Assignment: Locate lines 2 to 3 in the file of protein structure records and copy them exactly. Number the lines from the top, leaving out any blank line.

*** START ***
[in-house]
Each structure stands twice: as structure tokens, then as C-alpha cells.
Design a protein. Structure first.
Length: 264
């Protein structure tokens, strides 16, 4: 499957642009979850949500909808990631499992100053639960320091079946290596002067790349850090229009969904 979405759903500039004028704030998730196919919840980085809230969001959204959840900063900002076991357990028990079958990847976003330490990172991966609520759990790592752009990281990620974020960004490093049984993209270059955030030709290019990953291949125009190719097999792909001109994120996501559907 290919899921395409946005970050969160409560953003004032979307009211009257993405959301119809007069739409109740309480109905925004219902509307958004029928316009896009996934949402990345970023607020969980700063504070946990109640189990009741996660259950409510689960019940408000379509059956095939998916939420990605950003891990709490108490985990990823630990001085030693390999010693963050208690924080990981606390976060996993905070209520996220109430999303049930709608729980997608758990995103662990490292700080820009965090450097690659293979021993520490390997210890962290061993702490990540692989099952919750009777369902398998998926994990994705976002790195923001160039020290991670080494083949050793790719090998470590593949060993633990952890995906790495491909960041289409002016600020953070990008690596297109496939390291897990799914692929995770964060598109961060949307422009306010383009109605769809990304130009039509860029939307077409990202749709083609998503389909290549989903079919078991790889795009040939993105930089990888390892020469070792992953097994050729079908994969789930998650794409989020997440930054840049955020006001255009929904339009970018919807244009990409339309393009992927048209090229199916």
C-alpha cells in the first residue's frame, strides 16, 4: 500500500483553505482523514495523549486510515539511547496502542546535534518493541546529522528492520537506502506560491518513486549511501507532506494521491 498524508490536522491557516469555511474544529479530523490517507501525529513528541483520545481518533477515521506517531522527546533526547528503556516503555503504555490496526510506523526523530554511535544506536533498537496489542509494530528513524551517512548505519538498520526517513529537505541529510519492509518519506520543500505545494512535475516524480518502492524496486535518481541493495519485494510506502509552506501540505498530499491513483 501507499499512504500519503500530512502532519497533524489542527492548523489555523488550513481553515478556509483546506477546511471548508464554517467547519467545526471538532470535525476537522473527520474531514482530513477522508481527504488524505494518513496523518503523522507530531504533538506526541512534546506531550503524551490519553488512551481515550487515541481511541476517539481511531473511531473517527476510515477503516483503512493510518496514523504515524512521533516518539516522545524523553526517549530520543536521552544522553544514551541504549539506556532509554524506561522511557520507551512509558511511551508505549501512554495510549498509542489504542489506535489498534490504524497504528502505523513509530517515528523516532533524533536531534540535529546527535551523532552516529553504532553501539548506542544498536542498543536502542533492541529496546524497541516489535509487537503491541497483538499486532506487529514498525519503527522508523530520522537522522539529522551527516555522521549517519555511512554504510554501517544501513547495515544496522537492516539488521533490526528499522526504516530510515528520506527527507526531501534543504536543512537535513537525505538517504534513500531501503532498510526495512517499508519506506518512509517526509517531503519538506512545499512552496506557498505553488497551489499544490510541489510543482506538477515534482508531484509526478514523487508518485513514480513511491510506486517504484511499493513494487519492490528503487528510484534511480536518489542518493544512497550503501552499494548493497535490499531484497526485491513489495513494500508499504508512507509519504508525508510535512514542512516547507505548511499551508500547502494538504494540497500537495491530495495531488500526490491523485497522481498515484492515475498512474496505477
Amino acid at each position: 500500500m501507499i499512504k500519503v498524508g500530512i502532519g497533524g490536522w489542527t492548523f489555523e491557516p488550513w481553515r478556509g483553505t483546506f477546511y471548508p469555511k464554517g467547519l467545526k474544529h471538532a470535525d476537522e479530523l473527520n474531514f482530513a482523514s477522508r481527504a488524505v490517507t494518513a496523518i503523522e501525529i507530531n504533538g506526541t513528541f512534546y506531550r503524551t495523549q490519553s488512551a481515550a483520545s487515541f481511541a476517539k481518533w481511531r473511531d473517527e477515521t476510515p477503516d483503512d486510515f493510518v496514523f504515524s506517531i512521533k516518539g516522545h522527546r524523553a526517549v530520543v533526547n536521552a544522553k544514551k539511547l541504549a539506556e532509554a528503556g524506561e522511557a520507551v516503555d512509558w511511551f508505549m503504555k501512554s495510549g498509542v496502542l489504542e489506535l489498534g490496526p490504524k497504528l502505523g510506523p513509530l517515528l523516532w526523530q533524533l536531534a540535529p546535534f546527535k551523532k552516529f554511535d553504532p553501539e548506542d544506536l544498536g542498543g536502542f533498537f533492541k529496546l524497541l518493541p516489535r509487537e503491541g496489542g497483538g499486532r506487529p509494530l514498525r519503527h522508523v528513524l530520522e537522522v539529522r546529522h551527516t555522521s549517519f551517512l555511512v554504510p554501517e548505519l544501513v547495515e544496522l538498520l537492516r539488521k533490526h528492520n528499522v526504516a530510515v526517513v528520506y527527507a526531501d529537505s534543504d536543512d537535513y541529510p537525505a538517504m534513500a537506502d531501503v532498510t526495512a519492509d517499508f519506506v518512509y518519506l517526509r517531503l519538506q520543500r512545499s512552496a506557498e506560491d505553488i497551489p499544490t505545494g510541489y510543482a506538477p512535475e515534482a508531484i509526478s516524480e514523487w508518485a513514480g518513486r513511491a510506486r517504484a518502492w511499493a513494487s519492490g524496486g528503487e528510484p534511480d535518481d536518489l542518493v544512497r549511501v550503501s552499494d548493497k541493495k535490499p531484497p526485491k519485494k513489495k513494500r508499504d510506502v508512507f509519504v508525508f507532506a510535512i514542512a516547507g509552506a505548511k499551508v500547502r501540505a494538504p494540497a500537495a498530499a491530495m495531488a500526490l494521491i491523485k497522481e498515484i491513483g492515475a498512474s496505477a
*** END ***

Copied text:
Each structure stands twice: as structure tokens, then as C-alpha cells.
Design a protein. Structure first.